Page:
Learner Stories

Kenfrey is a pharmacist at the Loitokitok Sub-County Hospital, Kenya which is situated in a rural town on the slopes of Mt. Kilimanjaro. He has been positioned here since 2013, after completion of his bachelor’s degree in Pharmacy from the University of Nairobi.

Loitokitok, is a Level IV hospital, serving a radius of 100 km which means that most patients (especially from the nearby nomadic communities) who visit don’t have other choices. Whenever a prescribed drug is not available, the patient goes without medicine, no matter how good the rest of the services are, meaning the service cycle remains incomplete. Fortunately, the Ministry of Health began the shift from a PUSH supply system to a PULL system. Kenfrey, thus found himself responsible for ordering and managing medicines for the hospital, health centres and dispensaries in the area. He got trained and later became a Master Trainer on health commodity management. He took part in medicine distribution campaigns such as trachoma eradication and supported supervision visits facilitated by the county government for on-the-job training to rural health facility staff comprised mostly of nurses. These activities caused his love for supply chain to grow.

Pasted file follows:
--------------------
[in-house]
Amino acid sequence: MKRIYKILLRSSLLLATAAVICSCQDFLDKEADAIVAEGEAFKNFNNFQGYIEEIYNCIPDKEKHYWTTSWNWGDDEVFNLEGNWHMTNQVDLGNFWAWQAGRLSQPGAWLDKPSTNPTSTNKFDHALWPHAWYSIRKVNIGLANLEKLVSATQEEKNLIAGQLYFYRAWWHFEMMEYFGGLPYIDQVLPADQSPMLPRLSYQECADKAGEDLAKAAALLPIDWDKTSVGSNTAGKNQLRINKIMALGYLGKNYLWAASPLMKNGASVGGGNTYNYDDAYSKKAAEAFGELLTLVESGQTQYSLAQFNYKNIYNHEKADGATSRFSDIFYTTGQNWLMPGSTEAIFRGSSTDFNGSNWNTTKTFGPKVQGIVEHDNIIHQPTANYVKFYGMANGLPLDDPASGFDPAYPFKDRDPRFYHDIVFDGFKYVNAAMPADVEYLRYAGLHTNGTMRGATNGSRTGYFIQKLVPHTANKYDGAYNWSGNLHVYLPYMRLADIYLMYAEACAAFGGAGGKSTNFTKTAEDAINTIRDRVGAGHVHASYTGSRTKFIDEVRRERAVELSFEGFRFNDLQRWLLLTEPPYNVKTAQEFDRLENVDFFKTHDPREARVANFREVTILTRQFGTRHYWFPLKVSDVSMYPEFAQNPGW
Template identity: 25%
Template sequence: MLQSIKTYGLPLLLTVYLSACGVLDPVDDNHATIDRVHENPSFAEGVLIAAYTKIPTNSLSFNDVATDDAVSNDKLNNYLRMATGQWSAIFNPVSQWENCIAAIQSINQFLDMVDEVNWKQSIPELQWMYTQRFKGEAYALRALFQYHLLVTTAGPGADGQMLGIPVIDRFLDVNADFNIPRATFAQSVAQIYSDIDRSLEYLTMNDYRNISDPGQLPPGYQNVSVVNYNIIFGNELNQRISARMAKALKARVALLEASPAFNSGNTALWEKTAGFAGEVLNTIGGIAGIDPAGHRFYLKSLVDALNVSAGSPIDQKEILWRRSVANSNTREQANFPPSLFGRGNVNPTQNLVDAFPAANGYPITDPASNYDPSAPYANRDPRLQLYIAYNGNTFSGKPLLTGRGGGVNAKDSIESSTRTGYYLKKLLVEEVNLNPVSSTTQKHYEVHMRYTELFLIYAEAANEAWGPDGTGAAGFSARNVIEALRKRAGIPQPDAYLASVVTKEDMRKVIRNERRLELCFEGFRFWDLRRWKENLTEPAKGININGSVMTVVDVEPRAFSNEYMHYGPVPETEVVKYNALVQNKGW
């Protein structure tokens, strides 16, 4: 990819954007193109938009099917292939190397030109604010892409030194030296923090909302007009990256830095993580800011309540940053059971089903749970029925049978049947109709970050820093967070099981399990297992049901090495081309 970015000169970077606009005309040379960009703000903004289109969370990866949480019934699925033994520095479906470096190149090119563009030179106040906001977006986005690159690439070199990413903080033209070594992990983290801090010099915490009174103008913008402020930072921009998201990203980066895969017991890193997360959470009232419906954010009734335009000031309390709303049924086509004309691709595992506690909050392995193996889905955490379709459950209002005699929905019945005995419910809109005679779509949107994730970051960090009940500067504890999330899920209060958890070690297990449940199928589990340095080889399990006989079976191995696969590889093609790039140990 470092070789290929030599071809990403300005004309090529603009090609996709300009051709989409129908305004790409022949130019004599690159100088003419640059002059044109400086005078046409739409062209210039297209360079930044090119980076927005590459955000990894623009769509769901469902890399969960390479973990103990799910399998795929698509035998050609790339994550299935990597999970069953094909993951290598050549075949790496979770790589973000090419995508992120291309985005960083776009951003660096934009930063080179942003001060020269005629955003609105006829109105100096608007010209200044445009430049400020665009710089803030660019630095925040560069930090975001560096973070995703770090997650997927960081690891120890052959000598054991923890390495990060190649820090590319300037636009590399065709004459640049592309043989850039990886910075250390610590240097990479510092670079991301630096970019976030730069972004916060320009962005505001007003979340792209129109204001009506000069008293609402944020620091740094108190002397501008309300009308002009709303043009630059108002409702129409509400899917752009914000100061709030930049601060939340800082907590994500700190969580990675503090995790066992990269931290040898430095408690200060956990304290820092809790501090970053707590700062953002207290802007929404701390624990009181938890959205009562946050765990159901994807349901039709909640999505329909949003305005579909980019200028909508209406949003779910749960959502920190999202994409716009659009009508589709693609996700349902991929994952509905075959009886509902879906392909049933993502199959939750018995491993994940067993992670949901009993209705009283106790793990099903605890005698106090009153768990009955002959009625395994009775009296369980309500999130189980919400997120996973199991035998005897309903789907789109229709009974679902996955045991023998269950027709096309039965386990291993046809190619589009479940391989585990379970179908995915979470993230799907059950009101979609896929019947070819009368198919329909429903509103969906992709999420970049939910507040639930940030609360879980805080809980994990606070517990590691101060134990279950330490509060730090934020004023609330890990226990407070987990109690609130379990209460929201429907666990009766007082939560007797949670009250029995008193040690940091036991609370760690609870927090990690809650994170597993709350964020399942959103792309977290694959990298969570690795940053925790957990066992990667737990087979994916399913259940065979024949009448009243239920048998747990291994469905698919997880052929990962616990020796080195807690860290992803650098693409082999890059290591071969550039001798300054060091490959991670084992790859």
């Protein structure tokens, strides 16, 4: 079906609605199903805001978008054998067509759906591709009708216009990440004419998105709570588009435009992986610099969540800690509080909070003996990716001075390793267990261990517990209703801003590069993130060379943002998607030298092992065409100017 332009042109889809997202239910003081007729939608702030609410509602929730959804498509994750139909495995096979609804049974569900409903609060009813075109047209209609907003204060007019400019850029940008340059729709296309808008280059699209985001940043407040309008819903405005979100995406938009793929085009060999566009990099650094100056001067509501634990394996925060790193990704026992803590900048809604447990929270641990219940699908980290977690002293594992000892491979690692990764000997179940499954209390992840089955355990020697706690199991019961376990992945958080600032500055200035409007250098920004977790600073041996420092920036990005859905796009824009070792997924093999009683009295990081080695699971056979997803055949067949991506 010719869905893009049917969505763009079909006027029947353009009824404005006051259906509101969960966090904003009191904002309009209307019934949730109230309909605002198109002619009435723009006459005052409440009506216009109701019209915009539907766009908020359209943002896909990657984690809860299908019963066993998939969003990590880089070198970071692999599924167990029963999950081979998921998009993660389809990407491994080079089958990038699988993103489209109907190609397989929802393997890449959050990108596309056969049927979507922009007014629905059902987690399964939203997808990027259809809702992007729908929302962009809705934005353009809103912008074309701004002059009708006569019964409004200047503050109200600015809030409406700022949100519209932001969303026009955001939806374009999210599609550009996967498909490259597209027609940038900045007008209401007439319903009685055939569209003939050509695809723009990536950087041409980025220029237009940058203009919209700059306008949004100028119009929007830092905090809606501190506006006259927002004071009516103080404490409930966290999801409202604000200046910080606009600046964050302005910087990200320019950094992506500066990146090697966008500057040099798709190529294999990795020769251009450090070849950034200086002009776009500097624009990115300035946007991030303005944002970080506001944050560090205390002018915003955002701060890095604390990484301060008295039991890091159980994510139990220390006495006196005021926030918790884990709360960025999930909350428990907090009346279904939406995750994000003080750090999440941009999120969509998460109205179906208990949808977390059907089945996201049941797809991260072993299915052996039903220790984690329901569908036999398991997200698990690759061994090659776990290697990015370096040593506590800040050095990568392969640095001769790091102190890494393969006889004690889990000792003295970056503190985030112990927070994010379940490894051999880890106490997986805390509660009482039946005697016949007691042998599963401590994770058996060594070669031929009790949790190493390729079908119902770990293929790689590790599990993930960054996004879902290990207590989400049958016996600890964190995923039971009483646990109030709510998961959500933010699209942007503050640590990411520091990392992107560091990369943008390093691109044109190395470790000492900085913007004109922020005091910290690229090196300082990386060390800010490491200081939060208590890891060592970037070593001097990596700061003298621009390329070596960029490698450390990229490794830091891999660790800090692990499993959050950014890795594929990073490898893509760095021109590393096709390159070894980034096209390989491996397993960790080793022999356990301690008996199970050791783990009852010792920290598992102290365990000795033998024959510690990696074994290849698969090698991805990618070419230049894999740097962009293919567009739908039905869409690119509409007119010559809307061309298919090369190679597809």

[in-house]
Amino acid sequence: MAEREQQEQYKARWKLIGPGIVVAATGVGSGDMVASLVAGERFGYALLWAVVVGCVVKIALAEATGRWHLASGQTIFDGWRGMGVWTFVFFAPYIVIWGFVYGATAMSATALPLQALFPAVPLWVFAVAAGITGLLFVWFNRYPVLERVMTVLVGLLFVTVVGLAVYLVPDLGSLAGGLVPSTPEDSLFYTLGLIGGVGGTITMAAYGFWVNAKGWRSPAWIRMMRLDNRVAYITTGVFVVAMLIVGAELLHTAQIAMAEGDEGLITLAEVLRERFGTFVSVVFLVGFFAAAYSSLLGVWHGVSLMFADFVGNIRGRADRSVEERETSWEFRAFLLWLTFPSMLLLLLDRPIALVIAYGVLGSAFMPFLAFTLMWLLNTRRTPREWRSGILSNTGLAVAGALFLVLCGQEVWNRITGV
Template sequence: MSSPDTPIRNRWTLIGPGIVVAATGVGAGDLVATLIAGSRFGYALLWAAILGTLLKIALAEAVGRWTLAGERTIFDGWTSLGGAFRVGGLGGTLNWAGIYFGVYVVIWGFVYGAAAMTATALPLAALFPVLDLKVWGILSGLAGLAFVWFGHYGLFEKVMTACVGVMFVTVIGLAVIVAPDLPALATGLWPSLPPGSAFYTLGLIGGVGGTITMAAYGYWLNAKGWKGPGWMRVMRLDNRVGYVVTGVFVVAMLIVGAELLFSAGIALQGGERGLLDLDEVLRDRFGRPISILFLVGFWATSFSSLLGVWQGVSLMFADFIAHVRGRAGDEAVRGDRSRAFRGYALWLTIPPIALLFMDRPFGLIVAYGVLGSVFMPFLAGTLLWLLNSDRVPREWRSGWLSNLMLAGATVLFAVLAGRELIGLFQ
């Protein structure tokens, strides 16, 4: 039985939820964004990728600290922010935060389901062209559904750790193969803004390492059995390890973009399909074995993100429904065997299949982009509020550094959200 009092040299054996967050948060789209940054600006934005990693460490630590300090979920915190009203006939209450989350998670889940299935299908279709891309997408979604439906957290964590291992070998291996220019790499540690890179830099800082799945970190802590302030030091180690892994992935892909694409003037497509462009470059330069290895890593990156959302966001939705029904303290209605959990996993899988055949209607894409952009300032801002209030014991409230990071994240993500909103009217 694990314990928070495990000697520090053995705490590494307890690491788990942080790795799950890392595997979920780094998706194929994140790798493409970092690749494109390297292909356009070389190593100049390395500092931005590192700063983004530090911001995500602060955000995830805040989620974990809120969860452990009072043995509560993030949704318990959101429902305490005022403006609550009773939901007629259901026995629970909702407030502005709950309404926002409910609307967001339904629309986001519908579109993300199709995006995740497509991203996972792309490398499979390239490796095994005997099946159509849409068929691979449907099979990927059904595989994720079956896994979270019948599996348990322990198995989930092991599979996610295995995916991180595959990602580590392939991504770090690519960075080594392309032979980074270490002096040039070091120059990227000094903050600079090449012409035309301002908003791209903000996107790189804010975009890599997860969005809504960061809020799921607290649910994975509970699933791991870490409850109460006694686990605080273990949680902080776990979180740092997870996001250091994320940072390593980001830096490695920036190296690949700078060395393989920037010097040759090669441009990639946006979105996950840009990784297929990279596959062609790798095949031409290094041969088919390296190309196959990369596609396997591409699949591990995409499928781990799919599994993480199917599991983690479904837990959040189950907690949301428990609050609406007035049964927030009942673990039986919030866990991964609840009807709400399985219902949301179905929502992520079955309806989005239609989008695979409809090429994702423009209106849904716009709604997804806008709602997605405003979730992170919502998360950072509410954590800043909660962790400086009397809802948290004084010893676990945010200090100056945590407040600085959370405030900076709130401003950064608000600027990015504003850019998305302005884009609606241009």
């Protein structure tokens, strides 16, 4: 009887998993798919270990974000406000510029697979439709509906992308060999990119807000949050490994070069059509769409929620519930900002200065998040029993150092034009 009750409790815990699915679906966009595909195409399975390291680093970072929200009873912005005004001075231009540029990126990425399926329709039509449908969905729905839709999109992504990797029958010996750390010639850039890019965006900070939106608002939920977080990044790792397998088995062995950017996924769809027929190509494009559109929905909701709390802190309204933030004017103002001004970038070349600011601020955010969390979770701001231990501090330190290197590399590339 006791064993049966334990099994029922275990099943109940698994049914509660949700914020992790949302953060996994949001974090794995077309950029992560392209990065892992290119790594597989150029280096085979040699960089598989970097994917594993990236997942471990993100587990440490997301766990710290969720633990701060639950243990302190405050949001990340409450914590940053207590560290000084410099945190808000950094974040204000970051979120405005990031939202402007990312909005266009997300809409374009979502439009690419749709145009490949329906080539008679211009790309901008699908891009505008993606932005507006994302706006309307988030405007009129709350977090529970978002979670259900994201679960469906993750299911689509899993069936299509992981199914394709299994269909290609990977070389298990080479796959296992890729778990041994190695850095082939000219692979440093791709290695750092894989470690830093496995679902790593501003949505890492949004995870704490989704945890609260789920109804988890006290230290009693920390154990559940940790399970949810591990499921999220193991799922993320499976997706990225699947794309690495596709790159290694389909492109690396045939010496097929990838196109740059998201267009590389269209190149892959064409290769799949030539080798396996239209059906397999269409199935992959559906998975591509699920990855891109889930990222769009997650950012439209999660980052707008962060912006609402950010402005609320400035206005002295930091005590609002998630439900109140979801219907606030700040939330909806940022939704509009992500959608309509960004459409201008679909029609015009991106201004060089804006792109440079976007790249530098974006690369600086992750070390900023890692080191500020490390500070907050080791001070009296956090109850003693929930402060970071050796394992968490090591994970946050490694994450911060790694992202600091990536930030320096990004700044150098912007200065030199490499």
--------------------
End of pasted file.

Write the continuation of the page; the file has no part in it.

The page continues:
According to Kenfrey, one of the challenges facing his county is a huge skills gap which he wishes to resolve through training and transfer of skills. The current academic curricula focus more on clinicals and less on technical aspects such as supply chain. He also believes that the current manual Logistics Management Information System is labour intensive and must be digitalised to increase efficiency of the processes.

He believes that the Bee Skilled Hive is an ace up his sleeve where he has access to valuable skills and networks of professionals from other countries. The supply chain course that he has completed bridges the gap between academia and the working environment. One interesting thing about Kenfrey is that most people expect a towering stature from his voice (usually phone conversations). It is hard to appreciate his amazing sense of humour before he has spoken, he says.